In Aligning Religious Law and State Law: Negotiating Legal Muslim Marriage in Pasuruan, East Java, Muhammad Latif Fauzi investigates the extent to which the Indonesian state has regulated Muslim marriage, how a local community in Pasuruan, East Java practices and negotiates the regulation and how local officials deal with their practices.
Instead of reforming the Marriage Law which would only stir up controversies, the Indonesian government has used a citizens’ rights approach to control marriage and to guide people towards compliance with the state legal framework.
In everyday practice of marriage bureaucracy, the state agency in charge of Muslim marriage registration needs to maintain its image as a body capable of maintaining the proper balance between religious tradition and modern administration of a marriage.
The practice of Muslim marriage registration has still left some leeway in which informality can function. This informality is important as it offers the capacity to make a compromise between people’s deep interest in religious law and state law.
The state officials in charge of marriage administration on the frontier levels are amenable to adopting lenient approach towards marriage registrations, which is the key to securing the functioning of state law.
Muhammad Latif Fauzi (Ph.D. 2021), Leiden University, is an Associate Professor of Islamic law at UIN Raden Mas Said Surakarta. He has published articles and book chapters, including “Women in Local Politics: The Byelaw on Prostitution in Bantul,” In Islam, Politics and Change: The Indonesian Experience after the Fall of Suharto (Leiden University Press, 2016).
List of Figures and Tables Acknowledgements Abbreviations
1 Unregistered Marriage and the Plurality of Legal Norms
2 Marriage: Sharīʿa Law, State Law and Bureaucratisation
3 Focus and Setting
5 Structure of the Book
Part 1 Law and Institution
2 Regulating Muslim Marriage: A Shift to Citizens’ Rights-Based Approach
2 Legal Marriage: Dilemmas and Compromises
3 Sharīʿa-Based Regulations and the Steep Stairways to Legislation
4 Contesting Maṣlaḥa
5 A New Trend: Citizens’ Rights Approach
3 Reforming the Bureaucracy of Muslim Marriage
2 The Indonesian Muslim Marriage Bureaucracy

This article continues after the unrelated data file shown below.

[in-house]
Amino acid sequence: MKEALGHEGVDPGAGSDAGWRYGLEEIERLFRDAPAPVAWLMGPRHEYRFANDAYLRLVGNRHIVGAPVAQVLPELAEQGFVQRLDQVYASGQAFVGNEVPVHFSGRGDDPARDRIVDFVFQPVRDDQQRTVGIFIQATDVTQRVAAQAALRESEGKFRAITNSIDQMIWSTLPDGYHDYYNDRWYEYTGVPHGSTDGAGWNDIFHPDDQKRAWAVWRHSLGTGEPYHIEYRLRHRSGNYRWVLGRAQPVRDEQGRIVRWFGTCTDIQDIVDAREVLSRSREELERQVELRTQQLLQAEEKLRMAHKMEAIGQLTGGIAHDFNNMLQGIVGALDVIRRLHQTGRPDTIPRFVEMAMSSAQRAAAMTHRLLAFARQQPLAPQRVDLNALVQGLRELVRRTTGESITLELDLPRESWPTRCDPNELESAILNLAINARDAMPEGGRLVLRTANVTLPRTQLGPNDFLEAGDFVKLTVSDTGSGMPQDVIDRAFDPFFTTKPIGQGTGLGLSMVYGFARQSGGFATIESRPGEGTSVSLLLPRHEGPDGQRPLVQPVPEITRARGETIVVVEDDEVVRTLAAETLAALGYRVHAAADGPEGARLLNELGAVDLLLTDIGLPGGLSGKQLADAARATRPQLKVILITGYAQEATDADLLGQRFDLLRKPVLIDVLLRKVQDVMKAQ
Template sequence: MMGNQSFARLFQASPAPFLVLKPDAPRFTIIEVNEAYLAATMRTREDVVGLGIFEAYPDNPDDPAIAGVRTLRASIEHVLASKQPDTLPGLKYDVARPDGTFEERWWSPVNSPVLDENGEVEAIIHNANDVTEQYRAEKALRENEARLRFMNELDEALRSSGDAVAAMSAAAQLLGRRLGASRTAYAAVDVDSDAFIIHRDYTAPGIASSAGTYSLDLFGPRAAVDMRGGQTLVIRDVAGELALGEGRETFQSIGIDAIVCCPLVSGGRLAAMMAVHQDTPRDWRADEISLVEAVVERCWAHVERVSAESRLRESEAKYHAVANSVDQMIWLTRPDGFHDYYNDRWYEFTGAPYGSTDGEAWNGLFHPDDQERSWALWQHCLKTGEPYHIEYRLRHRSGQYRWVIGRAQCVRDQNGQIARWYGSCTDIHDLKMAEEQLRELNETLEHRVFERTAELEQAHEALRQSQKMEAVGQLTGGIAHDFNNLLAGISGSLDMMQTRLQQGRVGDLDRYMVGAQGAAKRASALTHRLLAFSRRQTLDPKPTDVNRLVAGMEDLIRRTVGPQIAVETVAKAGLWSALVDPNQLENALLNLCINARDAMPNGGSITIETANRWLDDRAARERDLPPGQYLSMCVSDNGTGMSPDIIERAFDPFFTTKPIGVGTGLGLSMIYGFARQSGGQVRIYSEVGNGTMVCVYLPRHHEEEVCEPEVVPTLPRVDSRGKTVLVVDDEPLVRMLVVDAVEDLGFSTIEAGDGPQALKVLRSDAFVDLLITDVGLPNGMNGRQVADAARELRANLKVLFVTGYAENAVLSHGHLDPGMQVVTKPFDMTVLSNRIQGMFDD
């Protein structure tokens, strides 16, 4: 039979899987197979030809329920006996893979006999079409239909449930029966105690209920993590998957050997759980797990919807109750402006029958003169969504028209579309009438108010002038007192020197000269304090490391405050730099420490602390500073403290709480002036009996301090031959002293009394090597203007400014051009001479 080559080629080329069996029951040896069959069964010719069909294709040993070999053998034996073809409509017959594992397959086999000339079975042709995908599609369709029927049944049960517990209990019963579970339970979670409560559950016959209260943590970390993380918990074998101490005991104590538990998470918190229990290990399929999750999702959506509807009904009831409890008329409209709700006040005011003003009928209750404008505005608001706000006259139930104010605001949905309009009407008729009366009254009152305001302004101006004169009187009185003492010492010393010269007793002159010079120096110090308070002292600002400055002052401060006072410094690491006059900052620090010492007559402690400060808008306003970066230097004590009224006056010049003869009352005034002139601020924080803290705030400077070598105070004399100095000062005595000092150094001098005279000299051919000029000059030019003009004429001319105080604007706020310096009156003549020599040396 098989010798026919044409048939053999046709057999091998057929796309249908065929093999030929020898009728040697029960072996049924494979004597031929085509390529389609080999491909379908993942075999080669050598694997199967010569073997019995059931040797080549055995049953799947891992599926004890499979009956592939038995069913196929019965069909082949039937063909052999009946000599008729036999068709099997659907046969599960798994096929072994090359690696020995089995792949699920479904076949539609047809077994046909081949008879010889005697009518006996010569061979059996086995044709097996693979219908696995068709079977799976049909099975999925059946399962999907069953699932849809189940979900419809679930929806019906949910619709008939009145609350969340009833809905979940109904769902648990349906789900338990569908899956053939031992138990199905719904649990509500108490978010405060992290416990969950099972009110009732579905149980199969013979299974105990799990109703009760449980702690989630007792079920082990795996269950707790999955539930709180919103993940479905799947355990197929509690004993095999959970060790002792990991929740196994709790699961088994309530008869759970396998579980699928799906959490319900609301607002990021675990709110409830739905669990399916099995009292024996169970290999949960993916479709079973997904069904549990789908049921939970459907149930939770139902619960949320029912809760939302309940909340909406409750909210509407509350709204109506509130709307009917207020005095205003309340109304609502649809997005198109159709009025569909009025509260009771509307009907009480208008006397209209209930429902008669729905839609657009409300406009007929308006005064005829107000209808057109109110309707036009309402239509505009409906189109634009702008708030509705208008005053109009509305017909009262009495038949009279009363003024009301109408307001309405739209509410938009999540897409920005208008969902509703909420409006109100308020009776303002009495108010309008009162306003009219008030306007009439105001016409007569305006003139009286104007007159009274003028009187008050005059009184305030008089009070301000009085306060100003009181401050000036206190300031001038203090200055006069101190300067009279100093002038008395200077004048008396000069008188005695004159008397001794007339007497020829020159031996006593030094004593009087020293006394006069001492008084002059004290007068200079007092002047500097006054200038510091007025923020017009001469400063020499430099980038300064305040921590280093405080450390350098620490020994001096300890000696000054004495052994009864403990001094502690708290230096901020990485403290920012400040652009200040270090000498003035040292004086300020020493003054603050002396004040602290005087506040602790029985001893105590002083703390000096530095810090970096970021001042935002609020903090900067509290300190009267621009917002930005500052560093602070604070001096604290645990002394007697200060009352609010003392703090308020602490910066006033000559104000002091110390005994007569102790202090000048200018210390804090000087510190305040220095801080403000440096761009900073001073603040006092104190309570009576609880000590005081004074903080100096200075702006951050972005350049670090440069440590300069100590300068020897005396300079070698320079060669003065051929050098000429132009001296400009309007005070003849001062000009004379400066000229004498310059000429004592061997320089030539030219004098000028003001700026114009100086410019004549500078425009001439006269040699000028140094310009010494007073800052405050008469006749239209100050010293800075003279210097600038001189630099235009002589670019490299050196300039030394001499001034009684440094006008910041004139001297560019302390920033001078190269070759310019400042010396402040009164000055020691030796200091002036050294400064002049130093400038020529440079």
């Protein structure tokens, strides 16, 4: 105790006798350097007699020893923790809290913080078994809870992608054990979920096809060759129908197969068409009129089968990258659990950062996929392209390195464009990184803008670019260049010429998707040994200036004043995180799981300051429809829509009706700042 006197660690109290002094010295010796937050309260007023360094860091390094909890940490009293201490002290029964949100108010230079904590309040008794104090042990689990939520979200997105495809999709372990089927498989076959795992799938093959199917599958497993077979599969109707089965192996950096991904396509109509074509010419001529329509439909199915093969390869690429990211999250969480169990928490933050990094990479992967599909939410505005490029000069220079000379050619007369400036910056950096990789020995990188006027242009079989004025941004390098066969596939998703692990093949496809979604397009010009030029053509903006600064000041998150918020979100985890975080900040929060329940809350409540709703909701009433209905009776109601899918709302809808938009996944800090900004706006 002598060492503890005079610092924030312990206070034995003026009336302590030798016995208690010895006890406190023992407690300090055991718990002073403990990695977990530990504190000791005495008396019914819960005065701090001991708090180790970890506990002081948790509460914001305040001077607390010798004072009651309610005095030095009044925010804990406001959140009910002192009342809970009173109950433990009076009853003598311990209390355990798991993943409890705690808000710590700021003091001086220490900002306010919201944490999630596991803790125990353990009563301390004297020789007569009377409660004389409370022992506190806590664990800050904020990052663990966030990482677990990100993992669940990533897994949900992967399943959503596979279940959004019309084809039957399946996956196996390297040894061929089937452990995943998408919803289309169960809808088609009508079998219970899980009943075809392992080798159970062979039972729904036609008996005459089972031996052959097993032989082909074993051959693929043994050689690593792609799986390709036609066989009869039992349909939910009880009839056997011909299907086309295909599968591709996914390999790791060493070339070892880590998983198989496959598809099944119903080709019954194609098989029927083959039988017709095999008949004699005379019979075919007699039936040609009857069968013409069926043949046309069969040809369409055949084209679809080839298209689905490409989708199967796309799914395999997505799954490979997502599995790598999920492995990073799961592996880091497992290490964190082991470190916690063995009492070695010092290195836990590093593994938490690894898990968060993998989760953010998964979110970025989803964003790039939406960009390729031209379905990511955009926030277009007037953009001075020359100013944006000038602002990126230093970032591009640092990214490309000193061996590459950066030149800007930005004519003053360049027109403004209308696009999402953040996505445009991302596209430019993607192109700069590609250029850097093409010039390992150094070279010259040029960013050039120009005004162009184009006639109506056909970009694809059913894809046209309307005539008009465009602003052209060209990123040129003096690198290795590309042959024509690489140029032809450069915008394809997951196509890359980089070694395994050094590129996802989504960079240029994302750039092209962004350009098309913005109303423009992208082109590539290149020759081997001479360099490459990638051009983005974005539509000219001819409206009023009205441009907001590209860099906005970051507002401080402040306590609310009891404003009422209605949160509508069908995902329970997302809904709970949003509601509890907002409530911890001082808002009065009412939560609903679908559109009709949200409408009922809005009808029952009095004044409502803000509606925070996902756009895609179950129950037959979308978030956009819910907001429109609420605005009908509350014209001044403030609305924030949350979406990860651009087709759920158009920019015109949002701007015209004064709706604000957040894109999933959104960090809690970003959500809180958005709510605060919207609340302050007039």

3 The Re-centralisation of Penghulu
4 Corruption, Informality, and the Need for Reform
5 Muslims’ Attitudes towards the Reform
6 The Information System of Marriage Registration
Part 2 Legal Practice
4 Presenting Pasuruan: Present-Day Islam and Cultural Life
2 Historical Context
3 Cultural, Religious and Political Life
4 Social Life in Sumbersari
5 Performing Marriage: The Influences of Cultural and Islamic Norms
2 Presenting Munir-Ulfa
3 Pengarep and Cultural Norms
4 Kyai: Seeking Religious ‘Middle Ground’
5 Menghalalkan: Marrying to Legalise Relationship
6 Registering Marriage: The Relationship between Penghulus and Modins
2 Marriage Registration and the State-in-Society Approach
3 Building an Internal Synergy
4 Registering Marriages and Remarriages
5 Twofold Akad Nikah and Taʾkīd al-Nikāḥ
7 Legalising Unregistered Marriage: Reasons and Strategies
2 Why Legalising an Unregistered Marriage?
3 Legal Identity and Citizens’ Rights
4 Administrative Transgression in Marriage Registration
5 Isbat Nikah by Islamic Courts
6 Child Legitimation
1 Regulating Muslim Marriage and Public Debates
2 Corruption, Informality, and the Reformed Fees
3 Present-Day Cultural Life in Pasuruan
4 Everyday Practice of Marriage and the Functioning of the Bureaucracy of Marriage
5 Unregistered Marriages and Seeking State Recognition
Glossary Bibliography Index
Researchers and scholars working on Islamic law and society, Indonesian studies, Asian Studies, Area Studies and Socio-Legal Studies, legal practitioners and public policymakers.